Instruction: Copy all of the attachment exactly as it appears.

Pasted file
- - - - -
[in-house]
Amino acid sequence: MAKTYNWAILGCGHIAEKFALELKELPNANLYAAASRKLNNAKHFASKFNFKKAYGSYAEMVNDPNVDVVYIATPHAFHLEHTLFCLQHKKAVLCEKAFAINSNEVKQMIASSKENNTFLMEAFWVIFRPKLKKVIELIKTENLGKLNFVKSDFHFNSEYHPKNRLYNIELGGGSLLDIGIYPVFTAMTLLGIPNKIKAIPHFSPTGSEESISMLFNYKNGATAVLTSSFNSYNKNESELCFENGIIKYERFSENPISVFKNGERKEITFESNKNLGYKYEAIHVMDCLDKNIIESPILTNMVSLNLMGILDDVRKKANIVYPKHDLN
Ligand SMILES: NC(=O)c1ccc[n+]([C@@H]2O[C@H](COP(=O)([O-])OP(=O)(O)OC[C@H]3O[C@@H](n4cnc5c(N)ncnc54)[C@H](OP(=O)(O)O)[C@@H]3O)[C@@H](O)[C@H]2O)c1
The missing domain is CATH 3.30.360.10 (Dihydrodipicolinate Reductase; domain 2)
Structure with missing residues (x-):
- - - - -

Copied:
[in-house]
Amino acid sequence: MAKTYNWAILGCGHIAEKFALELKELPNANLYAAASRKLNNAKHFASKFNFKKAYGSYAEMVNDPNVDVVYIATPHAFHLEHTLFCLQHKKAVLCEKAFAINSNEVKQMIASSKENNTFLMEAFWVIFRPKLKKVIELIKTENLGKLNFVKSDFHFNSEYHPKNRLYNIELGGGSLLDIGIYPVFTAMTLLGIPNKIKAIPHFSPTGSEESISMLFNYKNGATAVLTSSFNSYNKNESELCFENGIIKYERFSENPISVFKNGERKEITFESNKNLGYKYEAIHVMDCLDKNIIESPILTNMVSLNLMGILDDVRKKANIVYPKHDLN
Ligand SMILES: NC(=O)c1ccc[n+]([C@@H]2O[C@H](COP(=O)([O-])OP(=O)(O)OC[C@H]3O[C@@H](n4cnc5c(N)ncnc54)[C@H](OP(=O)(O)O)[C@@H]3O)[C@@H](O)[C@H]2O)c1
The missing domain is CATH 3.30.360.10 (Dihydrodipicolinate Reductase; domain 2)
Structure with missing residues (x-):